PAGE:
Everyone likely knows what an adrenaline rush feels like; car accident, almost car accident, almost in a fistfight, etc.

In combat we may not even know we are running on adrenaline until we stop fighting; then comes the overwhelming feeling of euphoria – survivor euphoria. In this case you must get your heart rate back down to normal quickly. Tactical breathing; breathe in, breathe out, etc. Over and over until you have lowered your heart rate.

If you are currently serving in the military or law enforcement, this is good information to know.

Today I will talk about adrenaline:


The following are crude figures; for different people they can vary significantly.

The normal human being’s resting heart rate is 60 – 80 Beats Per Minute (BPM).

At 115 BPM you start having vessel constriction. Your arteries open and you will begin to hyperventilate. It has other affects:

Burst of strength – Adrenaline.

This is like when you don’t realize you are hurt until you see blood, etc.

Once you relax the veins will open back up and you have vassal dilation – the opposite affect.

You also start to lose motor control. It’s like on a cold day when you lose the manual dexterity in your hands and fingers – loss of fine motor skills.

****This is the optimum fighting heart rate****

At 145 BPM your complex motor skills begin to deteriorate. You will have difficulty loading a magazine, conducting immediate/remedial action drills, etc.

After 175 BPM the only thing that works well is your gross motor skills – running, etc. The forebrain shuts down – the mind of a human.

The midbrain is thought of as the 4F’s – fight, flight, feeding and mating. (Animal instincts)

Loss of peripheral vision. (Able to focus on only one thing)

Loss of depth perception. (Range to threat)

You can lose near vision. You may not be able to focus on your sights in combat.

Your eyes begin to take a different shape. (Trouble focusing)

In a firefight a warrior can have sustained heart rate can be as high as 200 beats per minute; sometimes even as high as 300 beats per minute.

Hard, intense, realistic training that raises warriors’ heart rates are recommended.  Warriors can be trained to fight through the affect(s) of adrenaline.  Intense training also allows the warriors to experience and get used to stress, which in turn may lower their heartbeat in a fight.  No Man is afraid of what he is good at.

Remember, Breathe, Breathe, Breathe…………… and then make your friends breathe…….just breathe


Pain Shared is Pain Divide (D. Grossman)


Brought to you by the dudes at Spotter Up!



About The Author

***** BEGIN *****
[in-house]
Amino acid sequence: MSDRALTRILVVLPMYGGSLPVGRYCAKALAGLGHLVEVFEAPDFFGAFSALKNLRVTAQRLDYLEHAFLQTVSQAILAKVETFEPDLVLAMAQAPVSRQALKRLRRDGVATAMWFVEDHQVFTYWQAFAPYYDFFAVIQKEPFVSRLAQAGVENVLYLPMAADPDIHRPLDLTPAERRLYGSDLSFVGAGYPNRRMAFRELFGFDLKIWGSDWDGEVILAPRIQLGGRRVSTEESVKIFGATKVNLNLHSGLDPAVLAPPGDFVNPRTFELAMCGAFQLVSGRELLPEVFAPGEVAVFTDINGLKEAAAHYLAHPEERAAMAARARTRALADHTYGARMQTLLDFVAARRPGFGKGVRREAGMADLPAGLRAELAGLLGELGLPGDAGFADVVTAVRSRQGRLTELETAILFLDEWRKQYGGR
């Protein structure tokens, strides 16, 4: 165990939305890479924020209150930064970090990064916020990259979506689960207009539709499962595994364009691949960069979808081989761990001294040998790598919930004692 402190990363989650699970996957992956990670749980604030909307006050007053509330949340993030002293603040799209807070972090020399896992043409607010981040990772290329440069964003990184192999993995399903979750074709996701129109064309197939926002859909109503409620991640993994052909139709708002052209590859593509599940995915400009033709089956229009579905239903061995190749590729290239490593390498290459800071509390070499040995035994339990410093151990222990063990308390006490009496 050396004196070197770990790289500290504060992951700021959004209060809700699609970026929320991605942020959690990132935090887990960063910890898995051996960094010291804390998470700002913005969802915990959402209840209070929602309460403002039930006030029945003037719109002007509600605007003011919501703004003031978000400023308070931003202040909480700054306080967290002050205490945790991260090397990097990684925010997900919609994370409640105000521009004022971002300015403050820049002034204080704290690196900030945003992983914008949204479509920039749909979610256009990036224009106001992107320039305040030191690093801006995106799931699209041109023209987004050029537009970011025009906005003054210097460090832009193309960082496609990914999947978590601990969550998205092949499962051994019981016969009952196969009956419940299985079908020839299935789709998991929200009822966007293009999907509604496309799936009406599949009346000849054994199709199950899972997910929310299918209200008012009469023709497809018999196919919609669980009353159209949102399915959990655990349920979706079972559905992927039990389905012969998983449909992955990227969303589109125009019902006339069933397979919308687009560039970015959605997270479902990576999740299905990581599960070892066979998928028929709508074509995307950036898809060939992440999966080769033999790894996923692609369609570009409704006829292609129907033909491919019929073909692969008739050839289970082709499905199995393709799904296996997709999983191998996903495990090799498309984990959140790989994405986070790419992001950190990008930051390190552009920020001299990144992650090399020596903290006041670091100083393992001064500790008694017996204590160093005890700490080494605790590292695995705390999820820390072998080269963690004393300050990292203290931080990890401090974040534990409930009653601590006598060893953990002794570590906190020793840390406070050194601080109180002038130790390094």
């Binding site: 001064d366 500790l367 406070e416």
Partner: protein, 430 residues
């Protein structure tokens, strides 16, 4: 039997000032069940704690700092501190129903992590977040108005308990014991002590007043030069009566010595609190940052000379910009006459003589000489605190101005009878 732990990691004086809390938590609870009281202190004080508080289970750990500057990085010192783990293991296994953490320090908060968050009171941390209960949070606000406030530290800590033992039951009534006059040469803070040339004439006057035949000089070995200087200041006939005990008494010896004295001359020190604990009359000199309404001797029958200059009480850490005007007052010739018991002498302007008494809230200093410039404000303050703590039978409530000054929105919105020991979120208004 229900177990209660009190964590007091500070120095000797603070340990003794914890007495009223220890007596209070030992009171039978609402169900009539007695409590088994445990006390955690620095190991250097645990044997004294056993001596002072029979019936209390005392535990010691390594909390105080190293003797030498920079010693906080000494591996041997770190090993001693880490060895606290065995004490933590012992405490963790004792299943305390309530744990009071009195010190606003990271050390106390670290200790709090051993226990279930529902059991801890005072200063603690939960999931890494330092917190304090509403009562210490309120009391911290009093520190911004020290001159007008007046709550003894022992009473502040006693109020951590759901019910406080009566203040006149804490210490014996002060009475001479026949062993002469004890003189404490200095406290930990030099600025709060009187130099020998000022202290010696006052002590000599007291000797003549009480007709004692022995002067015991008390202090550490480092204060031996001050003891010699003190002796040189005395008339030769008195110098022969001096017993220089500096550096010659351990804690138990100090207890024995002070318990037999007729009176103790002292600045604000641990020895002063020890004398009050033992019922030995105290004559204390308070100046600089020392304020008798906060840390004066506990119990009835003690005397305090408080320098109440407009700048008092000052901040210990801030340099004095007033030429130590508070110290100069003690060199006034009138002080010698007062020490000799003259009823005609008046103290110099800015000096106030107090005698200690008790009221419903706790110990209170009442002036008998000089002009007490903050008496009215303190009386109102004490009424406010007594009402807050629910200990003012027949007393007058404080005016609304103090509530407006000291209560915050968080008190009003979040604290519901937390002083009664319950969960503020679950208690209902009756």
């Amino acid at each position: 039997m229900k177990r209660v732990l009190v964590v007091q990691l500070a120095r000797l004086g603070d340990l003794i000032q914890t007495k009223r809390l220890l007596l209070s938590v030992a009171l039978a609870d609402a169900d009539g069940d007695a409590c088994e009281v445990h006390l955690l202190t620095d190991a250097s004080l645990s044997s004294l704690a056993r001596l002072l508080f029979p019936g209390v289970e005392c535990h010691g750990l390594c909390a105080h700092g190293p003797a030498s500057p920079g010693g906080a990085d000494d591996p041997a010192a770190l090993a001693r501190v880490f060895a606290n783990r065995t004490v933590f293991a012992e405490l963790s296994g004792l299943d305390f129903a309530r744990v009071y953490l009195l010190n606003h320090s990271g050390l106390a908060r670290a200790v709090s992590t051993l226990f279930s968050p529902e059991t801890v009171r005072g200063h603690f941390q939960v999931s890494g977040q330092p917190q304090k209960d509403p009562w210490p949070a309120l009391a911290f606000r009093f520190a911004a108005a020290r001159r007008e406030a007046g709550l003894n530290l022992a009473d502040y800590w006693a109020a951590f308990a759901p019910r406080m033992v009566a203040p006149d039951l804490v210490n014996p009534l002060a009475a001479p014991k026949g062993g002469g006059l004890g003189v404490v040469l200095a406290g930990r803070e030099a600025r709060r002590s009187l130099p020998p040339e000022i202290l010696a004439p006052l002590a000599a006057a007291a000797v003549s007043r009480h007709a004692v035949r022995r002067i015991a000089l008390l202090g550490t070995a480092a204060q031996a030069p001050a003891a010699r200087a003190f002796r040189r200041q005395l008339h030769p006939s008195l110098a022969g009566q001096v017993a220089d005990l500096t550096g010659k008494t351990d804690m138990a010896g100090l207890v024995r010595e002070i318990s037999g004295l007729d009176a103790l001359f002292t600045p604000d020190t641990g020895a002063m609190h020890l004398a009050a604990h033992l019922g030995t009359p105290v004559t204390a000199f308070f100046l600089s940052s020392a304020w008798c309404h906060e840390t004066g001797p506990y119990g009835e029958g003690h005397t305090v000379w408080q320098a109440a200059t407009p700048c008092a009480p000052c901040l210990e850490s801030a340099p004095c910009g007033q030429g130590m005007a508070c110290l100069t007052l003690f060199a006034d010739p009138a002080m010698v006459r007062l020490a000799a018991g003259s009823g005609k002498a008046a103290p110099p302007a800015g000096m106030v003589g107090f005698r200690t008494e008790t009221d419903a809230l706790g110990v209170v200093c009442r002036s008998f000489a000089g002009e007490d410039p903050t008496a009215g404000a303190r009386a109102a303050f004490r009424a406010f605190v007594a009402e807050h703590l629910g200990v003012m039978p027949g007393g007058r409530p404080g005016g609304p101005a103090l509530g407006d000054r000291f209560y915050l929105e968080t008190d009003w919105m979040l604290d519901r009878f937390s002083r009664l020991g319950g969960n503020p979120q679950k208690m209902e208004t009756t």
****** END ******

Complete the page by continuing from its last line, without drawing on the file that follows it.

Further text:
David K. Devaney SgtMaj USMC Retired 2009 City of Hit Iraq with PTTDavid was born in Geneva New York and graduated from Geneva High School in 1980. He joined the Marine Corps on a guaranteed Infantry contract in April of 1983. After graduating boot camp he was stationed in Hawaii with 3rdBattalion 3rd Marines (3/3). While assigned to 3/3 he held billets as a rifleman, fire team leader, and squad leader. During 1986 Corporal (Cpl) Devaney was selected as a member of Surveillance and Target Acquisition (STA) Platoon, 3rd Battalion 3rd Marine. Upon graduation of Scout Sniper School he was assigned to the Scout Sniper Section of 3/3 STA Platoon. During his second deployment as a Scout Sniper with 3/3 he was promoted to Sergeant (Sgt). After a tour on the drill field from 1989-1991 Sgt Devaney returned to STA 3/3 were he deployed two more times. During 1994 Sgt Devaney was selected to the rank of Staff Sergeant (SSgt) and ordered to III Marine Expeditionary Force (III MEF), Special Operation Training Group (SOTG); while at SOTG SSgt Devaney was assigned as a Reconnaissance and Surveillance (R&S) and Urban Sniper Instructor and Chief Instructor. At the time III MEF SOTG Instructors were members of Joint Task Force 510 (JTF 510 CT); a Counter Terrorism Task Force. In 1998 he deployed to Operation Desert Fox with Battalion Landing Team (BLT) 2/4 and was attached to Operational Detachment Alpha (ODA) 572/594 as a sniper. SSgt Devaney deployed again, during 2000, with ODA 135/136/132 to Malaysia as member of JTF 510, working with the Malaysian National Police. After leaving SOTG Gunnery Sergeant (GySgt) Devaney was assigned to Company A 1st Battalion 7th Marine, and spent much of his time training the Scout Snipers of 1/7. Just before the invasion of Iraq, in 2003, he was selected to the rank of First Sergeant (1stSgt) and led 270 Marines, sailors, and soldiers during combat – receiving a Bronze Star Medal for destroying the enemy and their will to fight. During 2004 1st Sgt Devaney was ordered to duty as the Inspector Instructor Staff 1st Sgt for 2nd Beach and Terminal Operations Company, Savannah, Georgia. During 2007 he was selected to the rank of Sergeant Major (SgtMaj) and received orders to Electronic Warfare Squadron 4 (VMAQ-4) stationed at Cherry Point, NC. There he trained a CADRE which in turn trained a massive Quick Reaction Force in combat operations. After two more deployments to Iraq SgtMaj Devaney received orders to Weapons Training Battalion, Quantico, VA. SgtMaj Devaney retired from the Marine Corps on 31 December 20013. He now works as an adjunct combat instructor at the “Crucible’’ in Fredericksburg, VA. David is also on the Board of Directors of the Marine Corps Scout Sniper Association. David’s published work: Books Devaney, D.K. (2007). Surviving combat: Mentally and physically (3rd edition). 29 Palms, CA: USMC. Devaney, D.K. (2015). They Were Heroes: A Sergeant Major’s Tribute to Combat Marines of Iraq and Afghanistan. Annapolis, Maryland: Naval Institute Press. Articles Devaney, D.K. (2011) Enough Talk of Suicide, Already! Proceedings Magazine. Devaney, D.K. (2011) Can PTSD Be Prevented Through Education? Proceedings Magazine. Devaney, D.K. (2012) PTSD Is Not Cancer. The Marine Corps Gazette. Devaney, D.K. (2012) Women in Combat Arms Units. The Marine Corps Gazette.

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